“I think I’m broken,” I told my friend on our ritual morning walk. Two months earlier I delivered a baby that was stillborn, and I didn’t know if I’d ever truly recover. Sure, I had survived the ordeal, but as time wore on I found myself plagued with feelings of failure and self-doubt. If I couldn’t keep my baby alive, what kind of mother am I?
This was my hardest Christmas so far (even though Christmases are usually compared in terms of joyfulness rather than hardness.) We still had boxes to unpack from our move, and decorating the house for the holidays became a low priority. Then the fact that Christmas is all about a baby -- and I had lost mine -- made the season poignantly painful. Singing about the baby Jesus in choir practice was now so emotional I could barely get through a rehearsal without tearing up. And during “Mary, Did You Know?” I usually just had to get up and leave.(“Did you know that your baby ...has walked where angels trod...When you kiss your little baby then you’ve kissed the face of God...this child that you delivered ...this sleeping child you’re holding...”) It was all too much for me.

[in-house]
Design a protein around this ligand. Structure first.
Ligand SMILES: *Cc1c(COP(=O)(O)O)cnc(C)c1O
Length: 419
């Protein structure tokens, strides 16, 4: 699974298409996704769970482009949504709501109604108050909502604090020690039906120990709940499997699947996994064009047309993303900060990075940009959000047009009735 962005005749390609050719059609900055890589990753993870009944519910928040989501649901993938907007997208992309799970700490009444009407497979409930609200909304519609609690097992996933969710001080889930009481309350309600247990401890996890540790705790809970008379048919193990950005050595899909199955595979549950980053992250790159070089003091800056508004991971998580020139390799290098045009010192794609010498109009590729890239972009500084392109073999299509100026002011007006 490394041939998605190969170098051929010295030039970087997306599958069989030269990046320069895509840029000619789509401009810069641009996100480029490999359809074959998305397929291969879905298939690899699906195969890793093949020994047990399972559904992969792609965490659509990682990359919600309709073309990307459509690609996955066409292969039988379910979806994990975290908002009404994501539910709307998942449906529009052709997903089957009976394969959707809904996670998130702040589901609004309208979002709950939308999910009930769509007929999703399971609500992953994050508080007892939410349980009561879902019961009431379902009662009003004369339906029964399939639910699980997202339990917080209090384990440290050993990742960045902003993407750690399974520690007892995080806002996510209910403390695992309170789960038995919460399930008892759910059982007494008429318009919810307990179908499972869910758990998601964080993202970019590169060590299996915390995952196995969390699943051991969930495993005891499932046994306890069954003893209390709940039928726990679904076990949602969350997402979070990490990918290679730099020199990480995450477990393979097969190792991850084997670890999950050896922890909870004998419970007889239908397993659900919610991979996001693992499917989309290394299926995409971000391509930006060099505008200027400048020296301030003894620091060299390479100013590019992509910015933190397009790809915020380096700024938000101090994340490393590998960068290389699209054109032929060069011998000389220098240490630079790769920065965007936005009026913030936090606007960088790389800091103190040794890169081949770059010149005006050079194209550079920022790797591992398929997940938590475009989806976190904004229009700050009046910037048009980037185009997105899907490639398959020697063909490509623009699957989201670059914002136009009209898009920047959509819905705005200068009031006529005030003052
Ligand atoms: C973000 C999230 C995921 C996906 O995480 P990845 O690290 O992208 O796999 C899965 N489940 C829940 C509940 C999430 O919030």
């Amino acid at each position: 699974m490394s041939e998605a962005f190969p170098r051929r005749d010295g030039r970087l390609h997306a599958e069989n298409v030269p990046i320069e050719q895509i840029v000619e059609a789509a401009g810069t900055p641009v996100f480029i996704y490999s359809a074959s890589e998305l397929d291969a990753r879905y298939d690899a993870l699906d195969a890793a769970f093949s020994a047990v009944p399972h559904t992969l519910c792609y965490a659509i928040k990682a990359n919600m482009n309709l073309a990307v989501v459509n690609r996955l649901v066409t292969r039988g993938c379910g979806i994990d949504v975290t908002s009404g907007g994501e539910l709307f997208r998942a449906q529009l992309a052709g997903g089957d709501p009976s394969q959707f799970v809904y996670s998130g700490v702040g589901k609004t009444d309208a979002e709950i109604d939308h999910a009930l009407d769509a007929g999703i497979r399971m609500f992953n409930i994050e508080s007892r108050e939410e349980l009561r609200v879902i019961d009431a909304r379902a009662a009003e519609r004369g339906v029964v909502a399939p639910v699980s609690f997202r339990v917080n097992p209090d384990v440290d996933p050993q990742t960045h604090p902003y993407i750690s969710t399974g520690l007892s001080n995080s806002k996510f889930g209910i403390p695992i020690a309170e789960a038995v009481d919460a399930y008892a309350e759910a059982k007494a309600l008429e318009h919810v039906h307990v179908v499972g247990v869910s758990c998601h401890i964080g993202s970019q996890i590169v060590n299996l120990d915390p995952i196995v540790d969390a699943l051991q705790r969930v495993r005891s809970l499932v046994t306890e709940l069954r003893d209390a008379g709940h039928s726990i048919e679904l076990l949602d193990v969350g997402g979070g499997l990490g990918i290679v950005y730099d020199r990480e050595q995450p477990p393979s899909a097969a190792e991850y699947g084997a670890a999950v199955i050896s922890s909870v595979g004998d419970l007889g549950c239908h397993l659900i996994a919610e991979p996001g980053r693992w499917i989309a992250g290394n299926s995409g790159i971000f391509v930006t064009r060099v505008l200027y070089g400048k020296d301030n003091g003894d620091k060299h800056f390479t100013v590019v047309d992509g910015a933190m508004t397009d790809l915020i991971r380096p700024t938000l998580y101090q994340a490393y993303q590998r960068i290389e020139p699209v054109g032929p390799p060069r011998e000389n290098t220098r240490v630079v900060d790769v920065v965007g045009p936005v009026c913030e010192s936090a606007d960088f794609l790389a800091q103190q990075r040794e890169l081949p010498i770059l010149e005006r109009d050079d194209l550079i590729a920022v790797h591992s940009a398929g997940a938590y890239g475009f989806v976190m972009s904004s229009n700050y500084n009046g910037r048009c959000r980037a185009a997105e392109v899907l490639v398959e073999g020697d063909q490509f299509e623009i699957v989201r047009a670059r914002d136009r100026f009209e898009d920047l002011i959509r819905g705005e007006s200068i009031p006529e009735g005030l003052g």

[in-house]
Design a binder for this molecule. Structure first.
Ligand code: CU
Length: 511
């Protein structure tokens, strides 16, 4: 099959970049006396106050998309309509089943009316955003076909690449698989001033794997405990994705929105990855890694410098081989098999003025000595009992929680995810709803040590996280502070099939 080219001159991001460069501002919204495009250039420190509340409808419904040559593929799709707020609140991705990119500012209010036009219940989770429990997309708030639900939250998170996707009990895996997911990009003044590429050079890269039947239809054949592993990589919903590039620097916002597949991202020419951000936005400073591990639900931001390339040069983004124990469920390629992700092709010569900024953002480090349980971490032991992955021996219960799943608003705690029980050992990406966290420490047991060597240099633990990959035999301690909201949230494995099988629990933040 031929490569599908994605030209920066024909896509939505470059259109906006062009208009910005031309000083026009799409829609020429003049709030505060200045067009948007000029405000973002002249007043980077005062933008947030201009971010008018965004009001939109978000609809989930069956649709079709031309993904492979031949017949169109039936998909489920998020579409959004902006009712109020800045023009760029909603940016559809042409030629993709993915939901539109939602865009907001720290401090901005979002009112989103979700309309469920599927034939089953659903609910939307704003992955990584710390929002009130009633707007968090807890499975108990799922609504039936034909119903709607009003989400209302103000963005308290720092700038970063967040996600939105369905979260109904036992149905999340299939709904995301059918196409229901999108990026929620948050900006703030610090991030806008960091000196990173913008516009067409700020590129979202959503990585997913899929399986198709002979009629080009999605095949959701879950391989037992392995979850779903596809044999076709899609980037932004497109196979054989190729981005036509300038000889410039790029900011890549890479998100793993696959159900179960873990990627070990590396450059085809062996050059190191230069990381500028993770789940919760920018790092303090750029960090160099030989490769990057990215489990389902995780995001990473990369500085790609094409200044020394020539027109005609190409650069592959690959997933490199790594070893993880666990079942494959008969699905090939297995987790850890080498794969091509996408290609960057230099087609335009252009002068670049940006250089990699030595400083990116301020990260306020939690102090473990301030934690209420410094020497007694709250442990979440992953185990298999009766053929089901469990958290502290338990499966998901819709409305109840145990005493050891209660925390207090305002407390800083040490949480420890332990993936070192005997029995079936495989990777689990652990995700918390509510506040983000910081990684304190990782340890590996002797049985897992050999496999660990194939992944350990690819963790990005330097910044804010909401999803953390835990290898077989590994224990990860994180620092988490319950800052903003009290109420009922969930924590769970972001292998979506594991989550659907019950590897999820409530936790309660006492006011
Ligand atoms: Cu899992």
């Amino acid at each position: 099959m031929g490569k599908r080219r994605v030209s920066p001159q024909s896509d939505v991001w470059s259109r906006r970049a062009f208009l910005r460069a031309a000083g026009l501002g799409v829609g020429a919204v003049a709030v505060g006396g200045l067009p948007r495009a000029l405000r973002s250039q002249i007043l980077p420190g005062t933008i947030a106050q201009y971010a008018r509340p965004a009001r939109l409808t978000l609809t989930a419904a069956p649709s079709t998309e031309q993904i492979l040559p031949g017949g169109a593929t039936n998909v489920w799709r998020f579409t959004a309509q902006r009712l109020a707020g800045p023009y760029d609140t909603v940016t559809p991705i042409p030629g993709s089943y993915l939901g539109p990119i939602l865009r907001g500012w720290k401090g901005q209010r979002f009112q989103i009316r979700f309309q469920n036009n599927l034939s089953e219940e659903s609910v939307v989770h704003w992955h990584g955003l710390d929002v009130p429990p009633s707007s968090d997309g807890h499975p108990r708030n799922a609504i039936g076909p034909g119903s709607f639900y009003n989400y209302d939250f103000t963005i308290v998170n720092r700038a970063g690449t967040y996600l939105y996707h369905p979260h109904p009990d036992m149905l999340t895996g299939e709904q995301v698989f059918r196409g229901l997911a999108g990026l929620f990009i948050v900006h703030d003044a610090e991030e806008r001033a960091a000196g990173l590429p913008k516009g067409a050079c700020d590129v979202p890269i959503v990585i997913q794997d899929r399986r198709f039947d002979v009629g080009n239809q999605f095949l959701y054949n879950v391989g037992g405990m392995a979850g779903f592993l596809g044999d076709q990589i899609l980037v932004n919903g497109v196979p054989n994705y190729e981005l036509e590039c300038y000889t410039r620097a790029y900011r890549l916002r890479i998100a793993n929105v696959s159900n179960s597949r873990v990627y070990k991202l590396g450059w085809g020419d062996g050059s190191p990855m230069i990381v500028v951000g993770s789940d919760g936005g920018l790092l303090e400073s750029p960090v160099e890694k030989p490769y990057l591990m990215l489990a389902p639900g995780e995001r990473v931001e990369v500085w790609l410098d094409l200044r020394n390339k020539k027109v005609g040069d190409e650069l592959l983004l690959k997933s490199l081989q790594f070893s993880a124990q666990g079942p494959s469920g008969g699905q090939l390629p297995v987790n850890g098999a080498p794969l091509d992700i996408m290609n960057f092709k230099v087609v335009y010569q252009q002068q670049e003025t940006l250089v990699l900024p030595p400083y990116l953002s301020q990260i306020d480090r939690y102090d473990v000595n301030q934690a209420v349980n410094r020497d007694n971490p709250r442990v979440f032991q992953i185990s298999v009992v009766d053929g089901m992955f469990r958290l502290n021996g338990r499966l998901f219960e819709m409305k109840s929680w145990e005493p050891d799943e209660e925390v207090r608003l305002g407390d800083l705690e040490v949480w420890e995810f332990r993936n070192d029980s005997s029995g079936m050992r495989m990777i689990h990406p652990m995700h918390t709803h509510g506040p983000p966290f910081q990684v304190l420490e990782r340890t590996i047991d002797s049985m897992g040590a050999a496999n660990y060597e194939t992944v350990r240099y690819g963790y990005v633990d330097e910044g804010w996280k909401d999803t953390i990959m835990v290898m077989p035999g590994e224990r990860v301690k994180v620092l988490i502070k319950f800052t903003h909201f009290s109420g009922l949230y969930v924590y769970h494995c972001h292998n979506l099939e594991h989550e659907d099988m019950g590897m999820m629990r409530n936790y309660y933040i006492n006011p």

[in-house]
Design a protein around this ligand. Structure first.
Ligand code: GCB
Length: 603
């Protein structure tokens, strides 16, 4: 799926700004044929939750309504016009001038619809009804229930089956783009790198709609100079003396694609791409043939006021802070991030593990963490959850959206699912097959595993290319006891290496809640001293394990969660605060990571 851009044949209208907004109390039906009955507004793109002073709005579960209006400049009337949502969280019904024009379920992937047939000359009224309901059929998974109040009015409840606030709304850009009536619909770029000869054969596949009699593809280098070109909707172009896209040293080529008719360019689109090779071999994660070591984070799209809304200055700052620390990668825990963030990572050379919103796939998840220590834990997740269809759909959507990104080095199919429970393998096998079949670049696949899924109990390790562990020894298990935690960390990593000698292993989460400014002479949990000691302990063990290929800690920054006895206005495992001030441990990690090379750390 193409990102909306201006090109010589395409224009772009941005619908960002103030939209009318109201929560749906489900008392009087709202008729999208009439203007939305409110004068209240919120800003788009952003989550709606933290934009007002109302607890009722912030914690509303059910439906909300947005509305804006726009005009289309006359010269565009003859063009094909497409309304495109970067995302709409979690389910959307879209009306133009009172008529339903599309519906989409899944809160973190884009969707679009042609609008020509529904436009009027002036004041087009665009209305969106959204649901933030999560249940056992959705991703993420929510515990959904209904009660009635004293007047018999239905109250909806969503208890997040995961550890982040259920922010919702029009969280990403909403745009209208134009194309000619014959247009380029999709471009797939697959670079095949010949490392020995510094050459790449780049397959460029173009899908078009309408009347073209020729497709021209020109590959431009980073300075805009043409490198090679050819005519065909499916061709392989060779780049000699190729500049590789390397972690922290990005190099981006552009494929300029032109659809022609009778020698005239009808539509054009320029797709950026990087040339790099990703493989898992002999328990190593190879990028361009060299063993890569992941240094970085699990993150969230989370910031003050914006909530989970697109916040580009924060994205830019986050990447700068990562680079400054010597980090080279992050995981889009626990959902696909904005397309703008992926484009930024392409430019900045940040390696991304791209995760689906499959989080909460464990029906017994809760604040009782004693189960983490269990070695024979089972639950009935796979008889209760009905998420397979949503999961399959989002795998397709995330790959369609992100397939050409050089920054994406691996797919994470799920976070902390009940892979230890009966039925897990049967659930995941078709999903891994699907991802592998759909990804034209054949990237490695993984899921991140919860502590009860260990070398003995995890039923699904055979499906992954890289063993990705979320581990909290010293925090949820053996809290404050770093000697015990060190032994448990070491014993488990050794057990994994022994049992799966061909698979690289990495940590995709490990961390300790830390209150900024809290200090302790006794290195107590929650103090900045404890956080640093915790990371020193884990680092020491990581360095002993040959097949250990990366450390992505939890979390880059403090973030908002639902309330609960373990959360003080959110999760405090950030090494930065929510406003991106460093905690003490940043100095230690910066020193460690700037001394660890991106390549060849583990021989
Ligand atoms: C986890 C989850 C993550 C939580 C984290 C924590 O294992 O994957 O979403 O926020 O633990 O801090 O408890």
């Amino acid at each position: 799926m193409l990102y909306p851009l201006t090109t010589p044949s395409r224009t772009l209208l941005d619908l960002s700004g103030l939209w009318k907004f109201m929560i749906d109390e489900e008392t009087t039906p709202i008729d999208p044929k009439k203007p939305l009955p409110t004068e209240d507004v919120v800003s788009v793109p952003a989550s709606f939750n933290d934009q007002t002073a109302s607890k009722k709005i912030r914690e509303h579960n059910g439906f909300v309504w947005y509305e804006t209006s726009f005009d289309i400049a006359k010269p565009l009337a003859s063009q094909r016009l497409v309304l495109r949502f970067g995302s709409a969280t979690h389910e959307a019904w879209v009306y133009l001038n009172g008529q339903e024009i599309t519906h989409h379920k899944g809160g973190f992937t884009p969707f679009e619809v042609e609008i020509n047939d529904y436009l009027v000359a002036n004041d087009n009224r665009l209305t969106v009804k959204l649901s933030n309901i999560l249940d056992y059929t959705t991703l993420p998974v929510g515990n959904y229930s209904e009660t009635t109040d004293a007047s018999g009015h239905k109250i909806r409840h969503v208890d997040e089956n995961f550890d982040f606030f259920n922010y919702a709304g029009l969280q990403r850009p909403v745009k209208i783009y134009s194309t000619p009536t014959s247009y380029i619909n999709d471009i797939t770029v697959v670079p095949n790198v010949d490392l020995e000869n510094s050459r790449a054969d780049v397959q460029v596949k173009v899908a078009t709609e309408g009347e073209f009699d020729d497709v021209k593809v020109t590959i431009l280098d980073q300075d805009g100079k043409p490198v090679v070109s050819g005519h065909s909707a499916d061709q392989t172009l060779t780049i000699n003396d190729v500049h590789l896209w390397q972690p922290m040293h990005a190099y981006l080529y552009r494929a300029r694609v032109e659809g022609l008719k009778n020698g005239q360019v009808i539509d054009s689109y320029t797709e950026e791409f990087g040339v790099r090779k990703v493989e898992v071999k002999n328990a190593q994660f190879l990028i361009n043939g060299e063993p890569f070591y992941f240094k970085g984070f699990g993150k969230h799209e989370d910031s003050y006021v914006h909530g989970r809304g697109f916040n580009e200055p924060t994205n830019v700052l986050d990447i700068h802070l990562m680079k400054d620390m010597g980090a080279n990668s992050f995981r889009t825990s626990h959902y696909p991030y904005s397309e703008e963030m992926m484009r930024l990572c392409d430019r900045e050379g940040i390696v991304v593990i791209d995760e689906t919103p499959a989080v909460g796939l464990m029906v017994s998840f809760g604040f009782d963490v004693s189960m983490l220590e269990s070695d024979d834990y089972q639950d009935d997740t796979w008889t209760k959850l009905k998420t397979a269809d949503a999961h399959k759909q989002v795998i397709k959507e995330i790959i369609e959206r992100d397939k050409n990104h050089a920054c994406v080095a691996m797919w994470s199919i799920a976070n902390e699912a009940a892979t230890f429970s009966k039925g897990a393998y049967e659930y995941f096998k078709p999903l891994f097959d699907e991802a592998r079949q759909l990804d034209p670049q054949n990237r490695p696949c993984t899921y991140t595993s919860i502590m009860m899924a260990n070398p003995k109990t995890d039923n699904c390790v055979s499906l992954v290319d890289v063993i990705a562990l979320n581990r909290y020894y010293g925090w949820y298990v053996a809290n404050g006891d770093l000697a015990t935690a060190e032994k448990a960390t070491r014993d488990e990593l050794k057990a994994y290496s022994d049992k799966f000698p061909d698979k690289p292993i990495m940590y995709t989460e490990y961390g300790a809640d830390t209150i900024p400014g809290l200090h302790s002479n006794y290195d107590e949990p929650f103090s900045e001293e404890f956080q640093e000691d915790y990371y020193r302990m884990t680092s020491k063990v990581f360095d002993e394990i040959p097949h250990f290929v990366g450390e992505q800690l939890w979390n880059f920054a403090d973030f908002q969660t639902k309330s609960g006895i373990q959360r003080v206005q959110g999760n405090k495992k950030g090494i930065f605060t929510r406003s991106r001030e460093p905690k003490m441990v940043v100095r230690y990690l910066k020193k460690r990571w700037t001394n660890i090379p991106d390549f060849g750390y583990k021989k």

We spent Christmas in Utah that year. We got there early and Bonnie (my mother-in-law) had already turned our beds down and run baths for the kids. She is a natural nurturer. Just before we went to get ready for bed, she invited us into the family room by the tree and said she had a gift that she wanted me to open early. She handed me a small box, and I imagined maybe a sleep mask...or better yet a bottle of anti-depressants! Instead, what I discovered inside took my breath away. She had taken the diamond from her original wedding band, along with her mother’s wedding diamond, and had them set as pierced earrings. And she wanted me to have them. “I want you to wear them every day and never take them off,” she said. And I never have.
Every day when I look in the mirror I see two diamonds sparkling back at me, symbolizing generations of everlasting love. I see loyalty, honor, commitment. I see the word’s hardest material, symbolizing my own strength and potential. I see eternity.
I couldn’t wait to show them to my friend when we got back to Pasadena. Not for the bling or the glitz. For the symbol. “Maybe,” I pondered aloud, “Maybe I’m not broken after all. Maybe I’m being cut.” She nodded knowingly, like she’d been waiting for me to discover that for myself all along.
That year, and to this day, I’m grateful for a wise mother-in-law who intuitively knew I needed that symbol of eternal love to help heal my broken heart. And I’m grateful for a Father who chose such a loving way to tutor me about my own potential. I’m grateful for a pair of diamonds -- and my own, making it a threesome -- that carry the power of transcendent love, and the whisper and hope of eternity.